Abby: She fights to free mom from culture of sacrifice

Dear Abby
Jeanne Phillips

Dear Abby: I’m 22 and my mom is probably my best friend. She’s from Lebanon and grew up during a time of war. Her culture taught her to sacrifice — to put the needs of others before her own. She has a good job and earns an excellent salary.

My father is retired. Their marriage is not a good one, and Mom is in sort of a rut. She dresses sloppy and buys only “bargains.” Her hair is always a mess. Every time we go shopping, it’s a fight because I want her to buy the nice clothes she can afford. I want her to be presentable. But she’s stubborn and always makes an excuse for why she “doesn’t need them” or “can’t get them.” How should I handle this situation?

Caring Daughter

in Encino, Calif.

Dear Caring Daughter: Where is the money your mother earns going? Is she saving or investing it? Does she give it to your father? She may present herself the way she does because she’s depressed about her marriage or something else. Before trying again to give your mother an image reboot, talk with her. Tell her you love her, are concerned, and ask why she doesn’t take better care of herself. Then listen. Your mom may come from another culture, but she has much to teach you.

Dear Abby: Up to this point in my academic career, I have always been known for being a smart, diligent student. I graduated from high school with academic accolades and one of the highest GPAs in the graduating class.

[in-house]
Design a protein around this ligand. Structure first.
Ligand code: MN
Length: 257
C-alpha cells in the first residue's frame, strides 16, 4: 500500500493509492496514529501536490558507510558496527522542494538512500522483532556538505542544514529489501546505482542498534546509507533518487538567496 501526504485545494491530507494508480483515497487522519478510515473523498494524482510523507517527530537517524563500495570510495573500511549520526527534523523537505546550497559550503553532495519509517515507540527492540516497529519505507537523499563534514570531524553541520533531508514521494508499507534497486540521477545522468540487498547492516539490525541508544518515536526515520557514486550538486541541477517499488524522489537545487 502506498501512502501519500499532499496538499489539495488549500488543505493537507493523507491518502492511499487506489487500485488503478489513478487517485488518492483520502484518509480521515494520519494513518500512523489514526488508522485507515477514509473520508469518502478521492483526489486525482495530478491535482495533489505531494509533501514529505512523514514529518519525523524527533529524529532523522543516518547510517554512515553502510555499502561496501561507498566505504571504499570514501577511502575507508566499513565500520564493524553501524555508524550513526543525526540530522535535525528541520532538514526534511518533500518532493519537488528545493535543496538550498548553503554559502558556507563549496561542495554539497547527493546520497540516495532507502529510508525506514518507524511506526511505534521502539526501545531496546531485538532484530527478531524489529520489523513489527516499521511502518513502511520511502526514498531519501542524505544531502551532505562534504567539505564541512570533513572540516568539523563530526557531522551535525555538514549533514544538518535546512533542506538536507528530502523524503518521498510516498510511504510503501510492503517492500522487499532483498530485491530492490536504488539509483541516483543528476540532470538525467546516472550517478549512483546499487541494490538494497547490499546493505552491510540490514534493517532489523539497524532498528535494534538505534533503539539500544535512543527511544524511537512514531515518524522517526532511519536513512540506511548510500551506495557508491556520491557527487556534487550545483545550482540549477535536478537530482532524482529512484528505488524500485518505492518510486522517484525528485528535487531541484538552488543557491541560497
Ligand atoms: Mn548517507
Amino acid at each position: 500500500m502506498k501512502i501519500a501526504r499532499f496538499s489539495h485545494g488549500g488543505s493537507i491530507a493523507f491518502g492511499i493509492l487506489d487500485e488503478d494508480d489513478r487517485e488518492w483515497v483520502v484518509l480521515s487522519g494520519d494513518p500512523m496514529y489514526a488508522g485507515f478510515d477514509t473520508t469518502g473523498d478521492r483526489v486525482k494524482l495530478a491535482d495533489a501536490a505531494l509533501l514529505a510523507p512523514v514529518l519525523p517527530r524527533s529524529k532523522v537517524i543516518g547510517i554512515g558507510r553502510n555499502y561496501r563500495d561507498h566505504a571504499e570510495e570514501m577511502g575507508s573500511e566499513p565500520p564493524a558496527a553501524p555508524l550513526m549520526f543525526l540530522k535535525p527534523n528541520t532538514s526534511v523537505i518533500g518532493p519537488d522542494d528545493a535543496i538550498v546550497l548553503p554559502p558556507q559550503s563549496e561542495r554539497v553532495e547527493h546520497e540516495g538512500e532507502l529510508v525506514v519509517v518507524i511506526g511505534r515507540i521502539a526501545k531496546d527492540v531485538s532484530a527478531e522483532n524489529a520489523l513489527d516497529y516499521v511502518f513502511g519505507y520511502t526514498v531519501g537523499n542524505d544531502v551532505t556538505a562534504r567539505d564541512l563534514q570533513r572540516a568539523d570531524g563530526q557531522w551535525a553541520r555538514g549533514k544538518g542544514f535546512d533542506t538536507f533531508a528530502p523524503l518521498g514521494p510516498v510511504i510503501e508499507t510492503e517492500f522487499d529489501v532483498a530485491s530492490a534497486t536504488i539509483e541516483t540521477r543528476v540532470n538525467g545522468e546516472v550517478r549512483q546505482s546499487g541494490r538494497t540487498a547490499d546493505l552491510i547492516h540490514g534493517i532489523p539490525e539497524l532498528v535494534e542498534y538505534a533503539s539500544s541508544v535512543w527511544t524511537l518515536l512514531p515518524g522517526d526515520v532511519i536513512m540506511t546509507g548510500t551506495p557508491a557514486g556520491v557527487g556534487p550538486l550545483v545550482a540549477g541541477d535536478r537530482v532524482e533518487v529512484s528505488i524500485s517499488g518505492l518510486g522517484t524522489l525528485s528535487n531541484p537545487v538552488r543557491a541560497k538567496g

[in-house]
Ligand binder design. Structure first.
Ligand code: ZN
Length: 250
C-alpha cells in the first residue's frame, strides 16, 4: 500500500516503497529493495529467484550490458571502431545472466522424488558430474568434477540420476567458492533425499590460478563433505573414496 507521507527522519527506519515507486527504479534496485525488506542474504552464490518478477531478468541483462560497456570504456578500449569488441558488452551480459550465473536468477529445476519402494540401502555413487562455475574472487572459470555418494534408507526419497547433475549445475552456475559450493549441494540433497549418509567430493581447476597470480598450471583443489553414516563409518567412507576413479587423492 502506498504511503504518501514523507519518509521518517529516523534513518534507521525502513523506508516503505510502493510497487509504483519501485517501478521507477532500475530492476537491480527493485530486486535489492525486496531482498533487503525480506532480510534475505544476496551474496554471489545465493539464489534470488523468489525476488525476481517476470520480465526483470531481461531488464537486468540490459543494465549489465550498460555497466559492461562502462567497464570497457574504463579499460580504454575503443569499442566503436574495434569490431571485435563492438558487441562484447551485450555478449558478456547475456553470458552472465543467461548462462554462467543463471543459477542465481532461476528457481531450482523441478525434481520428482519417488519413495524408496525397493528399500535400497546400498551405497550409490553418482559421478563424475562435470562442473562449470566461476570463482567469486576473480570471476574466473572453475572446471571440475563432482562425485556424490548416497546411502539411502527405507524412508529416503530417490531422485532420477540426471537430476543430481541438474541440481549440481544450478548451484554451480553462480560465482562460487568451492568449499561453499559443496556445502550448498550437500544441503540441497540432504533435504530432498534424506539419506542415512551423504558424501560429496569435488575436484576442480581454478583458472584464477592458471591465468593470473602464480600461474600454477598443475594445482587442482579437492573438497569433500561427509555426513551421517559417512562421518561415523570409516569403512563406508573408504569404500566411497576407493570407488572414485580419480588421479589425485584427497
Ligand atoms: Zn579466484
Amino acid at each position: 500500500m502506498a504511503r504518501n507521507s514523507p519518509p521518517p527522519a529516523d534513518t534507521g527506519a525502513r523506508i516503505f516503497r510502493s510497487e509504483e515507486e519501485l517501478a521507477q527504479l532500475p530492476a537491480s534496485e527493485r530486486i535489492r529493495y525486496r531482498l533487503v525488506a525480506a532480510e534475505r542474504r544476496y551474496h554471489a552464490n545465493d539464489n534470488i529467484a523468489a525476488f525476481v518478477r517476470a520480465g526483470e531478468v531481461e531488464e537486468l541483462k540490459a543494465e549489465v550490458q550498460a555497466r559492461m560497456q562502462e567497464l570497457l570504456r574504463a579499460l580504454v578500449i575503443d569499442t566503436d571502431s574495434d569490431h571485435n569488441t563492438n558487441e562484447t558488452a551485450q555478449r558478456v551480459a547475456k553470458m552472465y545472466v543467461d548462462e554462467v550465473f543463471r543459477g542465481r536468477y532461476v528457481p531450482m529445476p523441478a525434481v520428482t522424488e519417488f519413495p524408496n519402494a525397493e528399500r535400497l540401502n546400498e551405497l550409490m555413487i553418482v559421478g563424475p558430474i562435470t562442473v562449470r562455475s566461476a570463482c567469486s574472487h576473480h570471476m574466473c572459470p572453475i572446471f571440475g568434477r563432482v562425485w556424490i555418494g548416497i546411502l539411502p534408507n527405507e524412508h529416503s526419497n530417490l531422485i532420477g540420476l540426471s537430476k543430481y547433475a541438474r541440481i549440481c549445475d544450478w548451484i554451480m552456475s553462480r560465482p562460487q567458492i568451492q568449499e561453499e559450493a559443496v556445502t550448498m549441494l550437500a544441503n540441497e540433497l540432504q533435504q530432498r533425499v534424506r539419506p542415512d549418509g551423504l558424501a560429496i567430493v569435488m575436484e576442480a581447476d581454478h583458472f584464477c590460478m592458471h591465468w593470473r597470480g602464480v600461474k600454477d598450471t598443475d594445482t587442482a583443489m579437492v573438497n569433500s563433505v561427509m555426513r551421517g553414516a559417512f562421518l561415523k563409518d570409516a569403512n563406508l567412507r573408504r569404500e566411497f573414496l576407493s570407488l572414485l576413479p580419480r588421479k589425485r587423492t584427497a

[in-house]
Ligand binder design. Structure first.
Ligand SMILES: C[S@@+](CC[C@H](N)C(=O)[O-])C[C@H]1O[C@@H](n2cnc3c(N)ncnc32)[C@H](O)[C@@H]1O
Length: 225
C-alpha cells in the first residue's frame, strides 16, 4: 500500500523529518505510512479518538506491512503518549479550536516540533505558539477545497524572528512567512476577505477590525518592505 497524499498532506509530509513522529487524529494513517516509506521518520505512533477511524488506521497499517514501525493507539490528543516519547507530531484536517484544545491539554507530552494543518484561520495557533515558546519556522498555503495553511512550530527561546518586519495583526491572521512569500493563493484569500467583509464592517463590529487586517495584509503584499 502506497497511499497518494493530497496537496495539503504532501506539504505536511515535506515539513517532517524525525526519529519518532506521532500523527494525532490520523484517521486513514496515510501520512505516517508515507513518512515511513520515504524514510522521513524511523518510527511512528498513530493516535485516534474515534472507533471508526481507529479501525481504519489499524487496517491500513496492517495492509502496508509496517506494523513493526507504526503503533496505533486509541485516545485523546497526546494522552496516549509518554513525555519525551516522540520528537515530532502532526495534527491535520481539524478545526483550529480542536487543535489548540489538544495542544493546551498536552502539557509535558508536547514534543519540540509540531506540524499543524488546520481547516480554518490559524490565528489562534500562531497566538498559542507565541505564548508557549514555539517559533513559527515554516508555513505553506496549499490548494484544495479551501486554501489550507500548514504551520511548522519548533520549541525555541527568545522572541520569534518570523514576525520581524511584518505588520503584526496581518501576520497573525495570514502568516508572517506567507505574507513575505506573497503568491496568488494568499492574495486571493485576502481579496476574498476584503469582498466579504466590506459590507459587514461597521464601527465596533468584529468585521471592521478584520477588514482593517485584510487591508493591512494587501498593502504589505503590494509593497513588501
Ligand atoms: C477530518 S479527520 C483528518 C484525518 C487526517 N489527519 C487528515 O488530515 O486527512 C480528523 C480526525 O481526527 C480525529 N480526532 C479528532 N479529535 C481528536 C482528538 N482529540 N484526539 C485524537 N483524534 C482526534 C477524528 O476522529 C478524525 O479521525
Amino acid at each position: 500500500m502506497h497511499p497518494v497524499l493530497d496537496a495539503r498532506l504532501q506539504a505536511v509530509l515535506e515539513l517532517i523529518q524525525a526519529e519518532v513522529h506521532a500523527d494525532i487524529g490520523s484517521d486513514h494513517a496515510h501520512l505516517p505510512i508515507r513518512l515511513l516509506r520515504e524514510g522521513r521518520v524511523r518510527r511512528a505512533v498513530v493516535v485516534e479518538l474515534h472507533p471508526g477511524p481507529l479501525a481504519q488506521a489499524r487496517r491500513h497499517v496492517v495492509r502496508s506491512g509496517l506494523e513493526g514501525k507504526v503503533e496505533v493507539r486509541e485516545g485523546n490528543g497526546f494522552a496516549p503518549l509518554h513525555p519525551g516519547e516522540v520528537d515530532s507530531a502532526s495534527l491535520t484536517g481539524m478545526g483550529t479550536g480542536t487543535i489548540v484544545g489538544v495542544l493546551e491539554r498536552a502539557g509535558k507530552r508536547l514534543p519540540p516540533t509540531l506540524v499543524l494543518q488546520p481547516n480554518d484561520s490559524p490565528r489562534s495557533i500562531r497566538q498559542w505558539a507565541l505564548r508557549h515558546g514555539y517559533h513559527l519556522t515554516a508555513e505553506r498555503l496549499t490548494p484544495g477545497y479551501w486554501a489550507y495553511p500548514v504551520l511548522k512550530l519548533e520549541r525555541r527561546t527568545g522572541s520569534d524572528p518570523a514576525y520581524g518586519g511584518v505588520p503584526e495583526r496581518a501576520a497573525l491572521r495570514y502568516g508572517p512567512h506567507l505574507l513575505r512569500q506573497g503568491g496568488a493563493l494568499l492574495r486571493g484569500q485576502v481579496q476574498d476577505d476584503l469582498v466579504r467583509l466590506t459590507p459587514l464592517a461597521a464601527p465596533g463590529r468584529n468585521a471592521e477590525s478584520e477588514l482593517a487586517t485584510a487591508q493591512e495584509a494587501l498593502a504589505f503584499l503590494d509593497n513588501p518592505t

However, since starting college this semester, I have become apathetic toward school, as if to say, “I have worked this hard already; why bother working anymore?” Because of this, I’m failing most of my classes — as only a freshman, mind you. Although I recognize my attitude is terrible, I haven’t been able to get rid of it and get to work again.

I’m confused about where this apathy came from, and I don’t want it to get any worse. Would you have any ideas as to why I might feel this way, and possible suggestions about how to get myself back on track?

Unmotivated in Maryland

Dear Unmotivated: Not knowing you and your circumstances, I can’t be sure why you’re feeling the way you do. That’s why I’m advising you to head for the student counseling center RIGHT AWAY, and talk to someone about these feelings of “apathy.” You may be depressed, or need a break from your studies before you can go full speed ahead. The college environment can be overwhelming because it is so different from what you have been used to. But you won’t know what is causing this unless you ask.

Dear Abby: Is there any hope for a man who refuses to turn off the TV during dinner? He gobbles his food and doesn’t close his mouth. Food drops out of the side of his mouth, and it’s disgusting to see. Have you any suggestions?

Over It in Stockton, Calif.

Dear Over It: Your husband’s behavior is passive-aggressive, and I can’t help but wonder what he’s punishing you for. It’s sad that he has such atrocious table manners and such little consideration for your feelings. I “suggest” you stop trying to serve him a hot meal, let him get his own food from the kitchen and eat it in front of the television when he’s hungry, while you eat separately — preferably out with friends.

Contact Dear Abby at or P.O. Box 69440, Los Angeles, CA 90069.